The Financial CHOICE Act would block the DOL from implementing its fiduciary rule by incorporating it into the Retail Investor Protection Act, which passed the House last year.
Introduced by Rep. Ann Wagner, R-Mo., the RIPA requires the Securities and Exchange Commission to move first on fiduciary rulemaking before the DOL can act.
The bill eliminates several Dodd-Frank provisions, including federal “bailouts” and the Volcker Rule, which restricts trading activities at banks.
Under CHOICE — which stands for Creating Hope and Opportunity for Investors, Consumers and Entrepreneurs — the Financial Stability Oversight Council would no longer be able to designate risky non-banks and others as “systemically important financial institutions.”
The FSOC was created by Dodd-Frank to review the systemic risk to the capital markets presented by large, global financial institutions. MetLife has fought the designation, which was considered one of the reasons the company shed its advisor unit.
The FSOC’s authority to break up a large financial institution if the Federal Reserve finds that the firm “poses a grave threat to the financial stability of the United States” would also disappear if the bill is passed.
The bill would also require the Consumer Financial Protection Bureau to be subject to bipartisan oversight and congressional appropriations.
The legislation route will be messy, particularly if Sens. Elizabeth Warren, D-Mass., and Bernie Sanders, I-Vt., opt to filibuster and rally public opinion against the measure. Republicans may not want to spend valuable political capital on such an effort. And that leaves:
» Regulation. Perhaps the most effective route to terminate the fiduciary rule would be for Trump’s new labor secretary to suspend the rule while the agency crafts a new one.
That would mean following the exhaustive process of public notice, supporting studies, public hearings and publication. But it would get rid of the rule without having to rely on getting a set number of votes.
The incoming secretary of labor could direct the agency not to spend any resources to enforce the fiduciary rule. However, that would have no impact on the most severe aspect of the rule: the litigation exposure. Now that the rule is published, if it takes effect on April 10, advisors will be vulnerable to private lawsuits.
Odds of fiduciary rule reform or removal: 75%
INDUSTRY IN FLUX
Trump and the Republicans may have dominated on Election Day, and the DOL rule may well be doomed.
But Main Street advisors such as Taylor Sledge say they need to keep planning for a fiduciary world.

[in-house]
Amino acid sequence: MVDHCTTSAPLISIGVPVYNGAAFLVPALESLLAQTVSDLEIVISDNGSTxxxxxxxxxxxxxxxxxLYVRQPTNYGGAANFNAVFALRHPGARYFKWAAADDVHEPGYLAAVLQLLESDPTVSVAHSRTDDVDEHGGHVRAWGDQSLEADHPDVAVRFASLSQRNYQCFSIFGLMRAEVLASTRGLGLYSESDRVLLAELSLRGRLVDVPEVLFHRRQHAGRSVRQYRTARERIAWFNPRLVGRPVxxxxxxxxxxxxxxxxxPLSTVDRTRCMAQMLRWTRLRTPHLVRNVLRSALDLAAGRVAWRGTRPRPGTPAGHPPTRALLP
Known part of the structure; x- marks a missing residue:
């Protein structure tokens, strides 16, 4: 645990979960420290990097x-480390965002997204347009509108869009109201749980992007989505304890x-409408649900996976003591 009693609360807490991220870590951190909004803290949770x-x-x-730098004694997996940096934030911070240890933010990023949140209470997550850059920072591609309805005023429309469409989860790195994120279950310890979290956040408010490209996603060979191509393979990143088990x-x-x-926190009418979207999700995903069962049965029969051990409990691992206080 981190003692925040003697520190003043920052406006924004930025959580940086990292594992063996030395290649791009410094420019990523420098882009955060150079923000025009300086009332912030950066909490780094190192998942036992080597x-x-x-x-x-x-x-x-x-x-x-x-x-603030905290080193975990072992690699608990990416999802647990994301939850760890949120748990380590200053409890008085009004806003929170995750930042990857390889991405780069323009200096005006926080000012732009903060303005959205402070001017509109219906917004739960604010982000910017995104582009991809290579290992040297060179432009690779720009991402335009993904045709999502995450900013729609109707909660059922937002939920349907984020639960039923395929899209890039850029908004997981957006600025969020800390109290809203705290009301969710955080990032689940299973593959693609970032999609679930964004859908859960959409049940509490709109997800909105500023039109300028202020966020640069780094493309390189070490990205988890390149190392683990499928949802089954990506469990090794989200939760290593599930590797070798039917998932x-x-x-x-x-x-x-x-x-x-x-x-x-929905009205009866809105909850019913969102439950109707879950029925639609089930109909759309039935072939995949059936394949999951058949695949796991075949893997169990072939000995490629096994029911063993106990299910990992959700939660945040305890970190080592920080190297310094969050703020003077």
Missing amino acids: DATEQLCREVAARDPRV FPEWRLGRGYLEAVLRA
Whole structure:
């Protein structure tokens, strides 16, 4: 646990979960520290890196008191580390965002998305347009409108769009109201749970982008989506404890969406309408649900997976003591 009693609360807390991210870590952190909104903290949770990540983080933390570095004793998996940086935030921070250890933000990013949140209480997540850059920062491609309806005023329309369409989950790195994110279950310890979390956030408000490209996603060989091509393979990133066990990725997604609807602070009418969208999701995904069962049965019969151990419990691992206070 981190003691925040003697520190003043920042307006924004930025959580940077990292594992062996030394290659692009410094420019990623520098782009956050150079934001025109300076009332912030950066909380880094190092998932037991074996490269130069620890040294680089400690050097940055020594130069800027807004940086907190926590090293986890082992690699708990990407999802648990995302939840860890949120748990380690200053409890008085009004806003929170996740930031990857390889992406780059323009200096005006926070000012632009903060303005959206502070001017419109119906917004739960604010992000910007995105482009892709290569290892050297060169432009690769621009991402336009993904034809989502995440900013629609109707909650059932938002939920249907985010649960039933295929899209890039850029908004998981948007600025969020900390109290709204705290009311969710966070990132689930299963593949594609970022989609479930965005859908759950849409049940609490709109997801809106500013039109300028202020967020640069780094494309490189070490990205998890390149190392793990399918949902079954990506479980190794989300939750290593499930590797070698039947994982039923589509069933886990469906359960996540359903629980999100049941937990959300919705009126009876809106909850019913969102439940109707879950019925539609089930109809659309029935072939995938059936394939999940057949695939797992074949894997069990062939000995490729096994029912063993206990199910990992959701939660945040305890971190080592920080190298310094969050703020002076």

For Sledge, founder of Sledge & Co. in Madison, Miss., that means getting additional licenses and spending more time on compliance issues. The 29-year-old Sledge offers a full array of financial planning services and said his small firm needs to be prepared for whatever regulations come from Washington.
“We take what we are dealing with and we try to use it as positively as possible, but it is not something that I am choosing to view as a hurdle,” he said. “It is a challenge that I will choose to view as an opportunity.”
Even if the DOL rule eventually disappears, the Securities and Exchange Commission is working on its version of a fiduciary standard as well. While the SEC is mired in political squabbling and has two vacant seats, many in the industry feel the agency should take the lead in developing a fiduciary rule.
SEC Chairwoman Mary Jo White has said its fiduciary version is not close to completion. White announced she will resign and forgo the final two years of her term. That means Trump can fill three vacancies and short-circuit any regulation the SEC has in the works.
Still, uncertainty remains, said Howard Schneider, founder and president of the consulting firm Practical Perspectives, Boxford, Mass.
“As we’ve seen with so many things, there’s a lack of clarity with what that policy is going to be as there’s been no stand taken on the DOL fiduciary rule issues yet,” he said weeks after the election.
“Advisors proceed with plans to implement the rule and what changes that means to their home offices and advisor offices, but at the same time the rule might never be implemented, or implemented in a very different way than people anticipated.”
Eszylfie Taylor, president of Taylor Insurance and Financial Services, Pasadena, Calif., has a foot in both worlds as a commission- and fee-based financial advisor.
The DOL rule might be more impactful, but is not much different from many other regulations that constantly change. The advisor world is best focused on making the best of whatever happens, he said.
“Everyone will need insurance, everyone needs estate planning, everyone needs advice,” Taylor said. “No matter what the DOL says, everyone has to plan for retirement. So at the end of the day there’s always a need for the work that we do and there will always be a way to work within the rule to help our clients.”
Should the rule be abolished, “the annuities and commission-based products agents will be pretty ecstatic, I would think,” he said.
But it’s hard to predict anything in the financial services world, he added. Those who predicted a market crash upon Trump’s election were stunned when the opposite happened, Taylor noted.
WILL THE OVERTIME RULE BE FIRED?
Employers gained a bit of clarity in late November when a Texas judge granted a preliminary injunction freezing the Department of Labor overtime rule.
Judge Amos Mazzant of the Eastern District of Texas granted a preliminary injunction to 21 state plaintiffs, led by Nevada. The rule affects an estimated 4.2 million workers who were to be newly eligible for time-and-a-half wages for each hour they worked beyond 40 each week.
The rule would roughly double the $23,660 threshold at which executive, administrative and professional employees are exempt from overtime. The DOL estimates the new rule would affect more than 4 million workers, and 19 percent of all insurance industry workers.
Mazzant ruled that the plaintiffs proved both the likelihood of winning a court case, and irreparable financial harm — two key standards often difficult to achieve to gain an injunction.